High-pass resolution perimetry is fundamentally a peripheral visual acuity test, and therefore, like any task requiring resolution of high-spatial frequency targets, it is sensitive to media opacities36 and blur.37 Accordingly, we wanted to rule out the possibility that patients had a preferential elevation in resolution thresholds compared with differential light thresholds due to the possible development of early and clinically insignificant cataract. Although our study did not formally grade lens clarity, we undertook an analysis of visual acuity and found that most patients retained very good or excellent visual acuity throughout the follow-up. In addition, we were unable to show a statistically significant difference between the visual acuity data at baseline and at last visit in patients who showed visual field progression. Similarly, patients who remained stable also did not show a significant change in visual acuity. House et al36 measured lens opacity in a group of healthy subjects aged 20 to 80 years and found that mean resolution thresholds varied by less than 1 ring unit across this age range, and that once age was accounted for, further variation in resolution thresholds were not due to the lens opacity measurements. It is unlikely that aging effects on the lens result in changes in ring thresholds of more than 1 ring unit. In a recent study, Martin38 showed that in healthy subjects in whom cataracts degraded visual acuity to 20/60, resolution thresholds improved by only 1 ring unit postoperatively after restoration of normal visual acuity. In our study, the amount of change required from baseline to follow-up to result in significant change at a given location (ie, position of the 5th percentile for retest variability) was typically greater than 2 ring units. Based on these variability limits, the stability of visual acuity in our study, and evidence from other studies, it appears highly unlikely that lens changes can account for the higher number of patients showing progression with high-pass resolution perimetry alone or for high-pass resolution perimetry detecting progression earlier than conventional perimetry.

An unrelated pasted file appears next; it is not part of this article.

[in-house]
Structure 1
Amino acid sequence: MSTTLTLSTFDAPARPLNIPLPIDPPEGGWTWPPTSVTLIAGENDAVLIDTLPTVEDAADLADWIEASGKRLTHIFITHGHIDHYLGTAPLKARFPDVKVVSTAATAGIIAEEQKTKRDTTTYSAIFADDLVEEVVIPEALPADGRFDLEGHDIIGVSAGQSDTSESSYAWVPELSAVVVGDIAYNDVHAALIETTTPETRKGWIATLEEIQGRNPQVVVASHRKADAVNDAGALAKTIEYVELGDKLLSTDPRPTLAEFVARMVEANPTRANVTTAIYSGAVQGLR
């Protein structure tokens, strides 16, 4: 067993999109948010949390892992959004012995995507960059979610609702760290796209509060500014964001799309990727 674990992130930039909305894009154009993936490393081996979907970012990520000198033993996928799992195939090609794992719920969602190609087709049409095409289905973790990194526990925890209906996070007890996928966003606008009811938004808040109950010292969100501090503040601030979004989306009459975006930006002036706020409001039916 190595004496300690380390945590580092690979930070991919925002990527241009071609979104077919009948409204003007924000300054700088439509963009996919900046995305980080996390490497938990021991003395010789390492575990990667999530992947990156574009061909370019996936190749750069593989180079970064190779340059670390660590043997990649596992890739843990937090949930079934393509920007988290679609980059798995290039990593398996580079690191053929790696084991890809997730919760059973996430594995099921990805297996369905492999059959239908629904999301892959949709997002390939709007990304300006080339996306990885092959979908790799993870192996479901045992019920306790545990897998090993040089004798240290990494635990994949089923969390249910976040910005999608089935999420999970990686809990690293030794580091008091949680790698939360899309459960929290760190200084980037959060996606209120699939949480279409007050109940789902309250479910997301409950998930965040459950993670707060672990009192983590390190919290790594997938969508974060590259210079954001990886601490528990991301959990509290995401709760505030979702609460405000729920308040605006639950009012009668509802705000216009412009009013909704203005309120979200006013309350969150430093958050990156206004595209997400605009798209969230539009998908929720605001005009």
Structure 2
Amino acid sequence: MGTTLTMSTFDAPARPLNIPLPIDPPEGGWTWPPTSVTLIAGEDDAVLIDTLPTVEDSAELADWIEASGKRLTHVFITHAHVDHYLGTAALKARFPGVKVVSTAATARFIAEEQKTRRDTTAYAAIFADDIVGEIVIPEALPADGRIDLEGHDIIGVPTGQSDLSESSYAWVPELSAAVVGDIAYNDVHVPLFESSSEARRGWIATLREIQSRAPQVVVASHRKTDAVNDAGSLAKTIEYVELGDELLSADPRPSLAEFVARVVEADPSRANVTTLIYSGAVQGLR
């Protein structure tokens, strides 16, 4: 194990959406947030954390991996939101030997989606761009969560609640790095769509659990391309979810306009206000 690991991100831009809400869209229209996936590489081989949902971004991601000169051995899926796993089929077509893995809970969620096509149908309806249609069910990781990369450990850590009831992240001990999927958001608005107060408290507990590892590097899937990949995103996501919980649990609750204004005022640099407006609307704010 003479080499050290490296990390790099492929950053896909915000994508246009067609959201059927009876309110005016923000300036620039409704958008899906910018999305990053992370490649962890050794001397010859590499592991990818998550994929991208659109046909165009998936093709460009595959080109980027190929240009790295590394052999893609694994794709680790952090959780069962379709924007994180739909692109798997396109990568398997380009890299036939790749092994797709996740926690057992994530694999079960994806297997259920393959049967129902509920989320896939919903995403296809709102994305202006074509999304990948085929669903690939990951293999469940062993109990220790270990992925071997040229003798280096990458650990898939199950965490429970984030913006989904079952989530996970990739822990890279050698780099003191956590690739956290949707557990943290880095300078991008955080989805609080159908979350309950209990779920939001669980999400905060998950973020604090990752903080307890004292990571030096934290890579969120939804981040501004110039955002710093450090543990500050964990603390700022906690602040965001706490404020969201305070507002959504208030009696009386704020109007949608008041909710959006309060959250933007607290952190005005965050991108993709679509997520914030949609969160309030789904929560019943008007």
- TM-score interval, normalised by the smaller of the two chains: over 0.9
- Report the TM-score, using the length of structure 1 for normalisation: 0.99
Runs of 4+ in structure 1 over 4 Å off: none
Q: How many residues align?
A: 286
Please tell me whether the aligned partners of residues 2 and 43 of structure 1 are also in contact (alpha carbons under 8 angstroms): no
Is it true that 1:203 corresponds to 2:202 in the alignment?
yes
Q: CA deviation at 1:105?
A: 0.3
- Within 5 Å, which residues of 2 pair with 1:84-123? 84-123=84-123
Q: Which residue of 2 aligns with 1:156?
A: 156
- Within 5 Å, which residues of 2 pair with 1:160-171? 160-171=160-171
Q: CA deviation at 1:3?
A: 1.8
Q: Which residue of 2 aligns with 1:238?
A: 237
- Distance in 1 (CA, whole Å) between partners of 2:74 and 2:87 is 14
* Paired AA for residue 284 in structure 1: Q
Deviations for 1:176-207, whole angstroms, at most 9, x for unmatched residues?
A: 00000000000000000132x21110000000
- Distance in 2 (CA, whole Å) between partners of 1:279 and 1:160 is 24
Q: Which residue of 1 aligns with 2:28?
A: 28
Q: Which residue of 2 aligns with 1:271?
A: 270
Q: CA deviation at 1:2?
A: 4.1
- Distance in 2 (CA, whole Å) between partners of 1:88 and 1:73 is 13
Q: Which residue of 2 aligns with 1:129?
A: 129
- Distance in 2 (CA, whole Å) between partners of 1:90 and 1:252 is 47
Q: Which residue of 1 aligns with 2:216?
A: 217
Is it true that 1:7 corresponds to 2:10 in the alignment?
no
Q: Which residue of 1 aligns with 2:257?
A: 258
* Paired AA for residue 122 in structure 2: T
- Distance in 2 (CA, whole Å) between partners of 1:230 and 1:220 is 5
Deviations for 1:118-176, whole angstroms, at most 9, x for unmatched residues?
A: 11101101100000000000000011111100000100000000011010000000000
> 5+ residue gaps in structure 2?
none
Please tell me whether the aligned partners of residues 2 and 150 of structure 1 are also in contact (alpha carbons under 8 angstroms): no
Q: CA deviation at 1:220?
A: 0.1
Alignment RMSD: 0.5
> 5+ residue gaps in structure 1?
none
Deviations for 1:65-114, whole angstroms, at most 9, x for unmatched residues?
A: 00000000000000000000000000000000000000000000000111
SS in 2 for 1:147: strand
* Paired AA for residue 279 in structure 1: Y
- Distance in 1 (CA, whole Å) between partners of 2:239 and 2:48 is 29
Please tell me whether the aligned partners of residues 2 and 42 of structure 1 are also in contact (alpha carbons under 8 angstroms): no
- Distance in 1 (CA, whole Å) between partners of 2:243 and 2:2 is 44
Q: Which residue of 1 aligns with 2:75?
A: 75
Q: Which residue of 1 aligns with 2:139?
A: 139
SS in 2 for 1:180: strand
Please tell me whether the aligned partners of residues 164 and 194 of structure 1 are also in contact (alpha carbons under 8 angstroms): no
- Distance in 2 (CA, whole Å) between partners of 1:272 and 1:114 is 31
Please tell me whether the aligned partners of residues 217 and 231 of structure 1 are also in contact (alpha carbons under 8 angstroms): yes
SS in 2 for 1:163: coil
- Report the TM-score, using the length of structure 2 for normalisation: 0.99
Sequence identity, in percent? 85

In the prospective evaluation of new psychophysical tests, it is imperative that there be a parallel healthy control group, since it is difficult to attribute progression detected with the newer technique (and not with conventional perimetry) to greater sensitivity or to false progression. In a parallel group of healthy controls, we determined that a very low percentage (1/119 [0.8%]) of subjects showed false progression. Whereas our control group had a similar age range to that of the patients, we acknowledge that the median age was lower. It may have been useful to conduct a similar analysis for the healthy controls with conventional perimetry; however, the Glaucoma Change Probability Analysis with the Statpac 2 program is valid only for patients with glaucoma, because when matched for threshold deviation, these patients have higher test-retest variability than controls.39 Furthermore, it was more critical to determine whether high-pass resolution perimetry resulted in falsely high progression rates, given the findings in the patients with glaucoma. Because there was only 1 false-positive case in our control group, it is unlikely that the 24 patients (21.2%) showing progression with high-pass resolution perimetry alone had false-positive results; however, further follow-up will determine whether they will eventually show progression with conventional perimetry.